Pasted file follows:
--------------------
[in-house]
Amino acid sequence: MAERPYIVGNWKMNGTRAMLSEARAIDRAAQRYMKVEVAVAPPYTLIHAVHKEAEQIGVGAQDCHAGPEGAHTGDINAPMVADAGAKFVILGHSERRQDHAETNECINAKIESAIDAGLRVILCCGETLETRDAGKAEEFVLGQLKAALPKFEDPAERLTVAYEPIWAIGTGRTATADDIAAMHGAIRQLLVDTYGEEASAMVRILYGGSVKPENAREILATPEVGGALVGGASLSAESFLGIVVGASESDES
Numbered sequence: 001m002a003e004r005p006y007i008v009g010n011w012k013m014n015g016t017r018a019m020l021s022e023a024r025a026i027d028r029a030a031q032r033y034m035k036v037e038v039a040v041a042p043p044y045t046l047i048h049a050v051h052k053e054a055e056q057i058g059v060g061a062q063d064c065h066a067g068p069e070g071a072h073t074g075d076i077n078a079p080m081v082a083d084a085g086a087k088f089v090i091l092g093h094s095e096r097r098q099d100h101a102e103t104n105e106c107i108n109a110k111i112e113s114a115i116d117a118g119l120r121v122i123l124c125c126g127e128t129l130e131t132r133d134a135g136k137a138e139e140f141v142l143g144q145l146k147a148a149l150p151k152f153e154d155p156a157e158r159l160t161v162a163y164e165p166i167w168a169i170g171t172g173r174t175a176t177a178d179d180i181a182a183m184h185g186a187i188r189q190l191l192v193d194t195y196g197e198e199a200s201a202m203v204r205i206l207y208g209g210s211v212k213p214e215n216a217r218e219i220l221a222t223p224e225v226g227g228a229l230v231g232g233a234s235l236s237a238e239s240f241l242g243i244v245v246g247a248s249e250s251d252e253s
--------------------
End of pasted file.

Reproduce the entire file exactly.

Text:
[in-house]
Amino acid sequence: MAERPYIVGNWKMNGTRAMLSEARAIDRAAQRYMKVEVAVAPPYTLIHAVHKEAEQIGVGAQDCHAGPEGAHTGDINAPMVADAGAKFVILGHSERRQDHAETNECINAKIESAIDAGLRVILCCGETLETRDAGKAEEFVLGQLKAALPKFEDPAERLTVAYEPIWAIGTGRTATADDIAAMHGAIRQLLVDTYGEEASAMVRILYGGSVKPENAREILATPEVGGALVGGASLSAESFLGIVVGASESDES
Numbered sequence: 001m002a003e004r005p006y007i008v009g010n011w012k013m014n015g016t017r018a019m020l021s022e023a024r025a026i027d028r029a030a031q032r033y034m035k036v037e038v039a040v041a042p043p044y045t046l047i048h049a050v051h052k053e054a055e056q057i058g059v060g061a062q063d064c065h066a067g068p069e070g071a072h073t074g075d076i077n078a079p080m081v082a083d084a085g086a087k088f089v090i091l092g093h094s095e096r097r098q099d100h101a102e103t104n105e106c107i108n109a110k111i112e113s114a115i116d117a118g119l120r121v122i123l124c125c126g127e128t129l130e131t132r133d134a135g136k137a138e139e140f141v142l143g144q145l146k147a148a149l150p151k152f153e154d155p156a157e158r159l160t161v162a163y164e165p166i167w168a169i170g171t172g173r174t175a176t177a178d179d180i181a182a183m184h185g186a187i188r189q190l191l192v193d194t195y196g197e198e199a200s201a202m203v204r205i206l207y208g209g210s211v212k213p214e215n216a217r218e219i220l221a222t223p224e225v226g227g228a229l230v231g232g233a234s235l236s237a238e239s240f241l242g243i244v245v246g247a248s249e250s251d252e253s